Located primarily in the heart of Chinatown, Mott Street’s modern associations aren’t the most flattering. Once the site of multiple crime scenes and illegal activities, the street has garnered a somewhat seedy reputation over time.

But before it became affiliated with the seedy underbelly, Mott Street had patriotic associations. Joseph Mott, the street’s namesake, owned a tavern used as headquarters for General George Washington in 1775. His descendants proved dedicated to equally worthy causes, with Dr. Valentine Mott rising to prominence as one of America’s most influential surgeons.

4. Pearl Street

Before the concrete jungle fully took over, the streets of New York were dominated by oysters. Due to their bountiful number, the shells of shucked clams would pile up into what archaeologists call middens—large piles of domestic waste that have survived the centuries. One particularly large heap was located on the modern-day Pearl Street, giving rise to the mollusk-related moniker. Oddly, however, these oysters were not the pearl-producing kind—although they dominated a good portion of the New York market for quite some time.

5. Minetta Lane

Speaking of water-related items, did you know a once-babbling creek was paved over by one of the city’s more famous streets? That’s right: Known to the Dutch as Mintje Kill or “small stream,” Minetta Brook was “[a] brisk little brook full of trout,” according to one 19th century source, that was covered by the city’s expansion around the 1820s. It was also where a community of “half free” African Americans resided in the 17th century—former enslaved people that were allowed to live on the land by paying annual fees.

6. MacDougal Street

MacDougal Street is known for its vibrant nightlife and for hosting the early days of Bob Dylan’s career. But it also holds claim to a not-so-well-known spelling error.

The street was named for one Alexander Mcdougall, a Scotsman who emigrated to what would become the United States as a child in 1740 and settled in New York. Mcdougall made a name for himself in the mercantile trade and shipping business and was an early defender of American independence. He openly voiced his opinions against British rule, and was even imprisoned for passing out revolutionary pamphlets. His colorful life saw him commissioned as a colonel in the First New York Infantry during the Revolutionary War, become a member of the Continental Congress, and rise as the first president of the Bank of New York. However, how or why the second L in his name was dropped in the naming of the street remains a mystery.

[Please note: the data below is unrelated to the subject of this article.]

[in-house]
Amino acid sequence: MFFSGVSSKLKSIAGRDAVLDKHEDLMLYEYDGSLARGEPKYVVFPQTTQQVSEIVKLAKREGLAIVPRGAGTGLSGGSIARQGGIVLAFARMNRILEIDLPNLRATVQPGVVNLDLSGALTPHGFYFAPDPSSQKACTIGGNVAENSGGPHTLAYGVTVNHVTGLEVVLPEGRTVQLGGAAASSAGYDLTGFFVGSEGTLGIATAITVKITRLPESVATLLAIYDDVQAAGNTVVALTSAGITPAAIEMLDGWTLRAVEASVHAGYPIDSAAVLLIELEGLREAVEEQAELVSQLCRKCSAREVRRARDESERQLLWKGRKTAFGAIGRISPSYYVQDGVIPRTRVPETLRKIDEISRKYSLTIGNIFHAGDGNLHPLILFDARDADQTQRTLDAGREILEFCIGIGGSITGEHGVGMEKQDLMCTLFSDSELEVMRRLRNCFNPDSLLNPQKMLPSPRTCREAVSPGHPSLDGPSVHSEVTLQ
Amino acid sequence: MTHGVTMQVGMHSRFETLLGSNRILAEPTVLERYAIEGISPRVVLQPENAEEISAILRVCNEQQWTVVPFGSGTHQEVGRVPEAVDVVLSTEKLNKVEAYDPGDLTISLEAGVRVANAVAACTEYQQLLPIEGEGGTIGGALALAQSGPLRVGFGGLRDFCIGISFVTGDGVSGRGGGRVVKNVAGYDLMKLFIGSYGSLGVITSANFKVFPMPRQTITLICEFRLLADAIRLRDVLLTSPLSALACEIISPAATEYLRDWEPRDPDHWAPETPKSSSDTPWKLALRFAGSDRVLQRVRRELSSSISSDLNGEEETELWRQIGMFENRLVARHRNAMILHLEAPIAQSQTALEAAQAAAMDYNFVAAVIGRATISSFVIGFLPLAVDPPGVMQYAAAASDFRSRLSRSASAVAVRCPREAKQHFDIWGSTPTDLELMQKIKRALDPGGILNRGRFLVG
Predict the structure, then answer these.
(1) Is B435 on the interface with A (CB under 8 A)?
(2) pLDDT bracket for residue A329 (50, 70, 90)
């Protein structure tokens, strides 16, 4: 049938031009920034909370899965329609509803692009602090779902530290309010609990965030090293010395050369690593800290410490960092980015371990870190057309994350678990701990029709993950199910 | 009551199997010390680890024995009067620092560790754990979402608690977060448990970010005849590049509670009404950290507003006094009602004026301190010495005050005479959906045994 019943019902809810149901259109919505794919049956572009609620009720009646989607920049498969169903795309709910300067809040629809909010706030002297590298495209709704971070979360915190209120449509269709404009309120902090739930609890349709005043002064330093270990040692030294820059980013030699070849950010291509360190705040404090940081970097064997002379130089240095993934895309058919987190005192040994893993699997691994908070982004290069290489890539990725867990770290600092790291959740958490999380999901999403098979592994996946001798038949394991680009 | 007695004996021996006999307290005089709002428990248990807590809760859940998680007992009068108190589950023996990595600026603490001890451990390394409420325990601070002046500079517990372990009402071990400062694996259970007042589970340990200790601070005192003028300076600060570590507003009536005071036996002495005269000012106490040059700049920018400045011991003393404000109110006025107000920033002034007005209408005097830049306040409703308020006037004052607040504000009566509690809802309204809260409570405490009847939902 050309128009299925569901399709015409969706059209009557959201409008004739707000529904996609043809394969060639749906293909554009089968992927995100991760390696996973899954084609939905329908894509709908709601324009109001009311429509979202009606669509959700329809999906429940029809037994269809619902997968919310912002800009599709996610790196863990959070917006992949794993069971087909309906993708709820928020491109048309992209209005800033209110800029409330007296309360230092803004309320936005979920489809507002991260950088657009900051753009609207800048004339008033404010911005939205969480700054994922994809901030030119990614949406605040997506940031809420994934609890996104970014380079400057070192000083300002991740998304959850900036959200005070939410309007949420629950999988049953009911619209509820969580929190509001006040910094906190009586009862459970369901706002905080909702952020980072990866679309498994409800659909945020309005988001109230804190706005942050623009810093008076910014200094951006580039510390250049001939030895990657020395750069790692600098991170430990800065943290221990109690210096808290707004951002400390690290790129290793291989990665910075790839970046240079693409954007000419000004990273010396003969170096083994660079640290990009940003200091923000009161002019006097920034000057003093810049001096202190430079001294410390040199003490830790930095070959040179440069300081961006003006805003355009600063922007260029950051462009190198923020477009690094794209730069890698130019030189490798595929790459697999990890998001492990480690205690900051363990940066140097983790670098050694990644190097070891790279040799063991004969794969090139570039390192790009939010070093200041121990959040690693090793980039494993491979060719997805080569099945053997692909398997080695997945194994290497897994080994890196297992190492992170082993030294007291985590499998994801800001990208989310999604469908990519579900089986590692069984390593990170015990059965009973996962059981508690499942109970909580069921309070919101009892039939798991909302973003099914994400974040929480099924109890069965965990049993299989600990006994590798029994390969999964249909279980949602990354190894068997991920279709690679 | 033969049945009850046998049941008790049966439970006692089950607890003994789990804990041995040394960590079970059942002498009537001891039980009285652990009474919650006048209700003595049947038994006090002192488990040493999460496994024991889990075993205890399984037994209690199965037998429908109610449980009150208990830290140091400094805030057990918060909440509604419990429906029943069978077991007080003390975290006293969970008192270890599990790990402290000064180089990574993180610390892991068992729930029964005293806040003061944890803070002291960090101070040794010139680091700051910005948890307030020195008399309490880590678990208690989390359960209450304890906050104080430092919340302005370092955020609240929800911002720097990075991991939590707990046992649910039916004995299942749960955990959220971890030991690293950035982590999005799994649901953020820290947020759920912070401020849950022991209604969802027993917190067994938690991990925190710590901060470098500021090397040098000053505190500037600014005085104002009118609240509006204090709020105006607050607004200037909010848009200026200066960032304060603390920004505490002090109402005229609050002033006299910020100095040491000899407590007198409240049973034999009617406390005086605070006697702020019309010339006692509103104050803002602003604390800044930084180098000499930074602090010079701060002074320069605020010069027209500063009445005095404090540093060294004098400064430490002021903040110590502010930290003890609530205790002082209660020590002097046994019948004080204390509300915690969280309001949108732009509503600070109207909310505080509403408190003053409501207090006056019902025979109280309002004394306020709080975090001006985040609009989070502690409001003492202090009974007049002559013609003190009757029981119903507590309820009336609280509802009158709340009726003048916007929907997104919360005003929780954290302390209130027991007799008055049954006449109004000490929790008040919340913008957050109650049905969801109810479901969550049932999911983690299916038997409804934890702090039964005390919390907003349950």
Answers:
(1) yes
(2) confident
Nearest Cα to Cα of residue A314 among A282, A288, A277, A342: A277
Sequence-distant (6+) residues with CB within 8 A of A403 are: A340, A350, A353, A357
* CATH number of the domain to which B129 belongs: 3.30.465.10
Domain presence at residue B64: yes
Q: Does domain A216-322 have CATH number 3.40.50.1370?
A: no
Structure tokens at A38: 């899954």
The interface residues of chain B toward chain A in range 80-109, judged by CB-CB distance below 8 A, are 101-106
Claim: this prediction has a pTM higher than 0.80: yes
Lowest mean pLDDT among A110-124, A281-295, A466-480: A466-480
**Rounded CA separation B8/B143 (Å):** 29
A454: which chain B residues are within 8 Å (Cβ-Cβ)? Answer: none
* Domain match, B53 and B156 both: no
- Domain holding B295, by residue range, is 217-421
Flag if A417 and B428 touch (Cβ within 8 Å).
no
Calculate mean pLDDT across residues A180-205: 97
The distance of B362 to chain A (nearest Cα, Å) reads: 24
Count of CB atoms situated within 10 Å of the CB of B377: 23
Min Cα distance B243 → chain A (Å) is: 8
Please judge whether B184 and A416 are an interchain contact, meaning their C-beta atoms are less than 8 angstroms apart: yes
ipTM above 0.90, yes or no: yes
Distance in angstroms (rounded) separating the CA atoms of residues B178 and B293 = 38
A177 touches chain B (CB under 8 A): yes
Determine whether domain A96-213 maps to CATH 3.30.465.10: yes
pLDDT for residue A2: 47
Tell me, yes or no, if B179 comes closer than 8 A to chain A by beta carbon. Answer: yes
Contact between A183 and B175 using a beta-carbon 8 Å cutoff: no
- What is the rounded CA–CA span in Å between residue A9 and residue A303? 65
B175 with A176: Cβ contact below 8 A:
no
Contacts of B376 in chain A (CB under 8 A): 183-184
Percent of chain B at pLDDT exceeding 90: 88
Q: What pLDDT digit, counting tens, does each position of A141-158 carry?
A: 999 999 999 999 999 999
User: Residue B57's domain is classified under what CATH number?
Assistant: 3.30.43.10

7. Margaret Corbin Drive

Located at the city’s far northern tip, Margaret Corbin Drive is named for a young Pennsylvanian woman whose tough life molded her into a tougher lady. Her childhood saw the death of her father by Native Americans and her mother’s capture soon after; years later, the British killed her husband during the Battle of Fort Washington. Margaret, who was standing by his side at the time, quickly took his place in the conflict by handling his cannon—receiving several bullets as a result.

The U.S. government recognized her bravery by providing her disability compensation (as well as rum and whiskey rations) for many years. Although sometimes remembered as a “haughty and disagreeable eccentric,” the affectionately called “Captain Molly” is forever memorialized by the street running along the site where her brave acts took place.